Did you know that almost any shell uses the READLINE library? If using the command-line is part of your daily work you really should read Gnu Software Manual - Readline and get comfortable with it’s keys ;-)
I’m using an older iPad without the apple-pen but with a mechanical stylus (“JotPro”). My experience with wrist-protection software is that it either doesn’t work or slows down my iPad. Here is my solution …
Elixir and Nerves is fun!
A nice and easy to understand Introduction to Elixir & Nerves on a RaspberryPi. Thanks to SteveGrossi I’ll have some fun today, playing with my Raspberry.
Interview with Robert Virding and Joe Armstrong
If you know me, you know I like to get rid of stuff, to keep things simple. And today I removed sass from my project. Thanks, Lea Verou for this brilliant talk.
One of the best talks about programming languages I’ve seen this year.
Yesterday I found this on twitter.
04 Dec, 1995. Published in The Sentinel of Carlisle, Pennsylvania.
Touchbar or not, use
Ctrl+[ instead of
Wow, that is cool! Although I have no touchbar, my caps-lock is configured as Ctrl-key and Ctrl+[ is much less finger moving than using the regular esc key. A big hug for this @tenderlove (vim since the 1980ies and still learning :D) https://t.co/FXCu0pysoJ— Andi Altendorfer (@nickendell) July 24, 2018
Today, I wrote my first HEX-package and published it on “hex.pm”. It is an extract of my daily work and was part of an “Umbrella-App” initially.
Let's just skip all the frameworks entirely. Learn how to do the work. Learn how to apply inspect and adapt to the work itself. Learn everything (all frameworks + underlying thinking). Build your own process. Nobody excels by following a rigid set of rules by rote.— Allen Holub (@allenholub) July 4, "2018"
Home office in da sun, what could be a better place to work.
Inspired by Kat Tornwall’s talk about integration tests with Elixir and Phoenix I did some clean up in my integration tests of my current Elixir project. Look how much more readable they are now.
“Visual Studio is one of the single largest pieces of software in the world,” he (Chris Granger, a software developer who worked as a lead at Microsoft on Visual Studio) said. “It’s over 55 million lines of code. And one of the things that I found out in this study is more than 98 percent of it is completely irrelevant. All this work had been put into this thing, but it missed the fundamental problems that people faced.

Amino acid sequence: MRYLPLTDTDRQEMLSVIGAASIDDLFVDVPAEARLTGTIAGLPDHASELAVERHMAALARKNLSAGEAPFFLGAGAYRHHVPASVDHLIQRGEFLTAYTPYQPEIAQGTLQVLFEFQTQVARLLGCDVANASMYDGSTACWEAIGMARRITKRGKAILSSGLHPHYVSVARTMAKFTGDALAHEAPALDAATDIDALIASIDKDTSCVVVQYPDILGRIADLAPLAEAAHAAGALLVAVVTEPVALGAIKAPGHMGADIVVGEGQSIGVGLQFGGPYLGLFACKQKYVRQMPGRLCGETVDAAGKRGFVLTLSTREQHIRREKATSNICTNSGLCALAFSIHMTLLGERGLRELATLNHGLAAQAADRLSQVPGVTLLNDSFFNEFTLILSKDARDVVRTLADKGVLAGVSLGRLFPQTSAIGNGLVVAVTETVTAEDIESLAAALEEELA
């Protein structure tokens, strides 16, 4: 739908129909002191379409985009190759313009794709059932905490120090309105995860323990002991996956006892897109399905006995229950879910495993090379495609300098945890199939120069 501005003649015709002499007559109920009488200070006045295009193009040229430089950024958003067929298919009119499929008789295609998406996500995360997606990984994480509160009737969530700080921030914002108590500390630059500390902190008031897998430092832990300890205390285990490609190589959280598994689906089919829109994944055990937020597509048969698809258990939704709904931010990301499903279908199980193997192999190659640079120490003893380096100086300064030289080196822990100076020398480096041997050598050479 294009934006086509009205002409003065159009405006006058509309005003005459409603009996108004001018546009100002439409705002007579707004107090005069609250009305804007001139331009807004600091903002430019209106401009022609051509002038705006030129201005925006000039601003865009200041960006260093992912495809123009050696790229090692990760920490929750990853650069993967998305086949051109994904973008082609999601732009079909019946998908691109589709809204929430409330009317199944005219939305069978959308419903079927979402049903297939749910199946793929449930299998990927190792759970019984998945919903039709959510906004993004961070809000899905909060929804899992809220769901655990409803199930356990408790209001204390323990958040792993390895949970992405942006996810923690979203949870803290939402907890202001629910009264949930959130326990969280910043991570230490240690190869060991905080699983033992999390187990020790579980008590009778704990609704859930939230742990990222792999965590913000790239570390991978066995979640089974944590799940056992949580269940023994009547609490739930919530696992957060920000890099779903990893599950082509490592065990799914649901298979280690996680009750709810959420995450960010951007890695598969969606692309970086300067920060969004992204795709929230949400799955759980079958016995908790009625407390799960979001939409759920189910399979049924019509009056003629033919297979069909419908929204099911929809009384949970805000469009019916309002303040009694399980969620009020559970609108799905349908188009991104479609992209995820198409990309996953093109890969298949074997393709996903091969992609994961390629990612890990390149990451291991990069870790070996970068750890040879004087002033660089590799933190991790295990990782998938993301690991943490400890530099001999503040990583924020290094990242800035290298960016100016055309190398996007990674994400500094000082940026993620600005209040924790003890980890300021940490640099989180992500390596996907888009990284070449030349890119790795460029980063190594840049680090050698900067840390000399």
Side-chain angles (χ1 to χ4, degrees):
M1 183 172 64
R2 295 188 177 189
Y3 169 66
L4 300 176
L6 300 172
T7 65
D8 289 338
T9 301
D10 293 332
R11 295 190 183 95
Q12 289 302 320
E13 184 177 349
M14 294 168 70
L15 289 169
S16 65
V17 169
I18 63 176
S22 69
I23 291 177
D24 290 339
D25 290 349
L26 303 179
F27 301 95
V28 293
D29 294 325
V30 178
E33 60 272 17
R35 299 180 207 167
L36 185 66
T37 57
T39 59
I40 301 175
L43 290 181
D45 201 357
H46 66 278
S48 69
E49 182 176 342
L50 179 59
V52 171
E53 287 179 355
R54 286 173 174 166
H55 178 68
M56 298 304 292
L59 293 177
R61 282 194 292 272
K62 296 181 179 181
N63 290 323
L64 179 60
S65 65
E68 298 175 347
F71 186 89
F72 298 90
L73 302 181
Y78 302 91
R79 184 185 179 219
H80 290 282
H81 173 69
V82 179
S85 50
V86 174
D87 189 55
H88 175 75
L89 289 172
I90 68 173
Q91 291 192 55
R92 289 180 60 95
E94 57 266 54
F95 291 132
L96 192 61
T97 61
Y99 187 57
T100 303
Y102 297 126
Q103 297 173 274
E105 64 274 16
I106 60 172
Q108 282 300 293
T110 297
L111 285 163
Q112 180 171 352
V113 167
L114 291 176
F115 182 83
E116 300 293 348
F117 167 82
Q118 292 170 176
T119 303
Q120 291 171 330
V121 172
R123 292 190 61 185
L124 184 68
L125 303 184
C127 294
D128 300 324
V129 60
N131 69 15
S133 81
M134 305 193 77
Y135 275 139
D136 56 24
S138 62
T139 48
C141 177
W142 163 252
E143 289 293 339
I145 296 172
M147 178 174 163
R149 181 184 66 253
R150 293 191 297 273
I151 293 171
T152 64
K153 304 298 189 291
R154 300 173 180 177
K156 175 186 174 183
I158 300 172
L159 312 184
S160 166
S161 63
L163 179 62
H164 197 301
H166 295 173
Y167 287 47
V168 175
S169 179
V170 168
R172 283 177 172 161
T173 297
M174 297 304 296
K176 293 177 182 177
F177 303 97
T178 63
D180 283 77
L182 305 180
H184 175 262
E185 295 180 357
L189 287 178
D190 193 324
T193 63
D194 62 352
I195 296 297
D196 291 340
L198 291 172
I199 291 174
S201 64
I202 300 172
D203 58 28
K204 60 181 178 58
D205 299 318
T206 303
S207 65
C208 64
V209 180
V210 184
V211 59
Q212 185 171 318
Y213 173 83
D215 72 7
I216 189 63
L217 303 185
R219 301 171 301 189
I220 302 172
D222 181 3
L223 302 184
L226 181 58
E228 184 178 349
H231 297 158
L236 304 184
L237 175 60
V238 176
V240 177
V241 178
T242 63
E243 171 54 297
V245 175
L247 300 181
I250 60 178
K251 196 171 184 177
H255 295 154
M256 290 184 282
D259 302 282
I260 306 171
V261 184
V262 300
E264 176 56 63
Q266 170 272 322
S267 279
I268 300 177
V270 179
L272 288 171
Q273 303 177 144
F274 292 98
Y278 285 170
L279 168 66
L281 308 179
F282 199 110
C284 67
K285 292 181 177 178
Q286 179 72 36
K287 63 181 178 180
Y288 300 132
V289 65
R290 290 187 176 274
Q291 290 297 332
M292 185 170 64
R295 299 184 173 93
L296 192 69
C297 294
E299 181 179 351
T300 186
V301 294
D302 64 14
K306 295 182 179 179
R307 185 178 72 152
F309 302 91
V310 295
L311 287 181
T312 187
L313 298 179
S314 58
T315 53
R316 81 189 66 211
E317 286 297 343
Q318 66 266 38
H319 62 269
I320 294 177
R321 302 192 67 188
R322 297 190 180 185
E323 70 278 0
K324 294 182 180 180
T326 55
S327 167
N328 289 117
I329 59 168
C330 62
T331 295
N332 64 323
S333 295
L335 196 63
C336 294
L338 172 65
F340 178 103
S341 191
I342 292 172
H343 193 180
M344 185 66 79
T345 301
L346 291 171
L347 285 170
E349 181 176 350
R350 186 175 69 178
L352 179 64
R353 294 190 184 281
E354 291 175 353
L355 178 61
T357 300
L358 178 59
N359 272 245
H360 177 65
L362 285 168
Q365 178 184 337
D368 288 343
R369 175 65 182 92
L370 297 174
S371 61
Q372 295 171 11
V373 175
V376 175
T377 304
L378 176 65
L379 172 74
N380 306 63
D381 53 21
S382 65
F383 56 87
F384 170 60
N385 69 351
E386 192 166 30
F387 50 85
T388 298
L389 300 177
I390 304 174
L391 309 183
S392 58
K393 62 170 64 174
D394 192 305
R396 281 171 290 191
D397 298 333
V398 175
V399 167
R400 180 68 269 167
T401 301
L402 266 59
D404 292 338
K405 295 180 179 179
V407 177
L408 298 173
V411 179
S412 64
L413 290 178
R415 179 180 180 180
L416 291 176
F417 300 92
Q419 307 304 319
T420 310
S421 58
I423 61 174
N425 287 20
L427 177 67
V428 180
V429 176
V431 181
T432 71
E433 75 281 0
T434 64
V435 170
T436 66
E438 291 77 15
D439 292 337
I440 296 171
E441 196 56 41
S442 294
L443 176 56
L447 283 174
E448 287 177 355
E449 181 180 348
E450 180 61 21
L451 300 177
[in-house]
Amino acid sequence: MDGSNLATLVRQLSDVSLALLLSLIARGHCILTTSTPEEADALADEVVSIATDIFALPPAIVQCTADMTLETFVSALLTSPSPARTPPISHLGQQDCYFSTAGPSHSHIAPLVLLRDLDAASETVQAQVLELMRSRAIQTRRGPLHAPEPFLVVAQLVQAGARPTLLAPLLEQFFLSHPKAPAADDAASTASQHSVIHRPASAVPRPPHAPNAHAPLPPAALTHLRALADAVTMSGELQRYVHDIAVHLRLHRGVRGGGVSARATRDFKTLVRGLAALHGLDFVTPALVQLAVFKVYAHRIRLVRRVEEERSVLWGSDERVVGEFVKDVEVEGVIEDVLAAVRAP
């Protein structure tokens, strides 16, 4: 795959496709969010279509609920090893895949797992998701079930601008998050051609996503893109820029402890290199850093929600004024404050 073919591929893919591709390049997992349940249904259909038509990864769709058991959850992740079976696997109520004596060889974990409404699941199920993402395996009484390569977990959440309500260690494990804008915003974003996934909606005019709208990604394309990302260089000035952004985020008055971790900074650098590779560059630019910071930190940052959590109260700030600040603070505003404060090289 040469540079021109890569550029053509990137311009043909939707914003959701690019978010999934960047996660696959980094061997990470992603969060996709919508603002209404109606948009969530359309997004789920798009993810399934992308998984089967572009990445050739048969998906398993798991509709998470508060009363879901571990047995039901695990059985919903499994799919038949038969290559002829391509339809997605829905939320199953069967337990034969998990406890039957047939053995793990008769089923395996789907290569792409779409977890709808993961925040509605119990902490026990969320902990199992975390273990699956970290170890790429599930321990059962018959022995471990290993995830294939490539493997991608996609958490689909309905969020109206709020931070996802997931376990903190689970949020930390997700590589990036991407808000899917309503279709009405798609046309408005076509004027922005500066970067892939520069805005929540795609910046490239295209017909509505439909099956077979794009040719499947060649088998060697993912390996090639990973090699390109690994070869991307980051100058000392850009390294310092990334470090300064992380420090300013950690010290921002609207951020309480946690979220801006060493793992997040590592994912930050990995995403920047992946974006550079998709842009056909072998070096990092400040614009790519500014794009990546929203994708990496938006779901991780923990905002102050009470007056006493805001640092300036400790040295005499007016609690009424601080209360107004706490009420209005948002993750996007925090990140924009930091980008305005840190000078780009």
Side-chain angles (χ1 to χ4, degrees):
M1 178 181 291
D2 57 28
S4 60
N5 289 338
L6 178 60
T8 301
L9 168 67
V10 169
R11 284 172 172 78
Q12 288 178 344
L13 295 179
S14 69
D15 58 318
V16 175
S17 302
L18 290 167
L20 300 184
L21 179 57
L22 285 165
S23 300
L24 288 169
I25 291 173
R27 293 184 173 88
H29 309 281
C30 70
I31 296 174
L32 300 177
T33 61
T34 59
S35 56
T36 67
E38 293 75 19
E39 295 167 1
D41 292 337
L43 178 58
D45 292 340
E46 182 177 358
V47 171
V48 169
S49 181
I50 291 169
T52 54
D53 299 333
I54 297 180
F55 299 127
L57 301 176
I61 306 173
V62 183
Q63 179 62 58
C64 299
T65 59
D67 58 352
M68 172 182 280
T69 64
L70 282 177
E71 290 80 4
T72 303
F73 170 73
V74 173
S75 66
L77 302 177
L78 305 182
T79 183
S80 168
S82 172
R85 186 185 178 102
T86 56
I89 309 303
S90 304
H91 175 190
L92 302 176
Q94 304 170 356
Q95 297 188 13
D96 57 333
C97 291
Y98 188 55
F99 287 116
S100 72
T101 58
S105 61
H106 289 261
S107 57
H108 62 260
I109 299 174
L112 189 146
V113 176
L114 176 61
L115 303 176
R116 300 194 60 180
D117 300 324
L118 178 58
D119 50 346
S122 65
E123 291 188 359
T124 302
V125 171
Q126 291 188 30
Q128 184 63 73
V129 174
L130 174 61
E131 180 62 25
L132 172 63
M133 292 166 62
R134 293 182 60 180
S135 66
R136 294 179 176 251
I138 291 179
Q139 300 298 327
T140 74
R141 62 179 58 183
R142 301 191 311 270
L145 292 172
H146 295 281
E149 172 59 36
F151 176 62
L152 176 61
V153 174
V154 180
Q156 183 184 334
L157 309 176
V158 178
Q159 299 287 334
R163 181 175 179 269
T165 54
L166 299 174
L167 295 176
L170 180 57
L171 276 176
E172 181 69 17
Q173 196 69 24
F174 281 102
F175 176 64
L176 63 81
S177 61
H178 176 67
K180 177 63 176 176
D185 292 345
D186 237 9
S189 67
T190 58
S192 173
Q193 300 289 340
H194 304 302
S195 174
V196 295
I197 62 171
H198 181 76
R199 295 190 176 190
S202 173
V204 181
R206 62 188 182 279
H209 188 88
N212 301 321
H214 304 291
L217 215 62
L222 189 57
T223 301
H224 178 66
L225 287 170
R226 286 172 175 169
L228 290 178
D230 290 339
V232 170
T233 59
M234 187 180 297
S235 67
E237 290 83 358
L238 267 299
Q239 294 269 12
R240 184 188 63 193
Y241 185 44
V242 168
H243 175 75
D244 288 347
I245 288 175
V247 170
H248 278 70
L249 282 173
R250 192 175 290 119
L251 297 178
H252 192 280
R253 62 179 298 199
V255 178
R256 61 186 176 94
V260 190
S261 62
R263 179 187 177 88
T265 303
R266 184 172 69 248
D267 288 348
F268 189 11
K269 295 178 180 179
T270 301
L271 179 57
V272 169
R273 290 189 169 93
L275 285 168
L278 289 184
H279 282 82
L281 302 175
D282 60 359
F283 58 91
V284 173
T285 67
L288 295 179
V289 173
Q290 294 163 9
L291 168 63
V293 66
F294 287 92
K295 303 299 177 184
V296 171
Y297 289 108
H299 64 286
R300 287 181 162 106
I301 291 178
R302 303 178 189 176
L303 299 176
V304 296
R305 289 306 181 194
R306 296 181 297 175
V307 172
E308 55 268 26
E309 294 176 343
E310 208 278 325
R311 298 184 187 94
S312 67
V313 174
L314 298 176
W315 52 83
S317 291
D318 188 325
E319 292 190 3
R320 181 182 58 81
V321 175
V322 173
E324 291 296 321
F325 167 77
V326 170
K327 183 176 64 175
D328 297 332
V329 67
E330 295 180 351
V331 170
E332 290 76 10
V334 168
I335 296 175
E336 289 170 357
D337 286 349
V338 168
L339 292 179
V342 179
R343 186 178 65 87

Meet Me At MongoDB.local Munich
Pretty well done explanation of DDD
Yesterday (2018-03-20) I attended a seminar on regulations in medical software. It gave me heebie-jeebies because it’s obvious that Uncle Bob’s fears seem to become true: law and government will tell us how to do our profession. And gosh, what they are telling us is to go back 10 years. We should not be that passionate programmer and we should swap the two sides of the Agile Manifesto again. The right side really matters much more for them ;-(
Why the f* I have to spread “Why Your Avatar Matters” everytime I join a new environment ;-)
We, as software developers, will face more and more regulatory demands. Business, government, laws will tell us how to do our work.
ThoughtWork’s new Technology Radar (Vol.17) is out. Always worth reading …
Best article about Erlang Schedulers, I found so far …
It took me some time to figure out how this combination works. Finally, it is rather easy.
Thank you, Chad Fowler @chadfowler for pointing to Glenn Vanderburg’s @glv update of his wonderful talk “Real Software Engineering”. I was fascinated by one of the early versions I saw at Rails Conf 2011 in Baltimore.
More and more people in our industrie figure out what Leonardo Da Vinci already knows hundrets of years ago: “Simplicity is the ultimate sophistication.”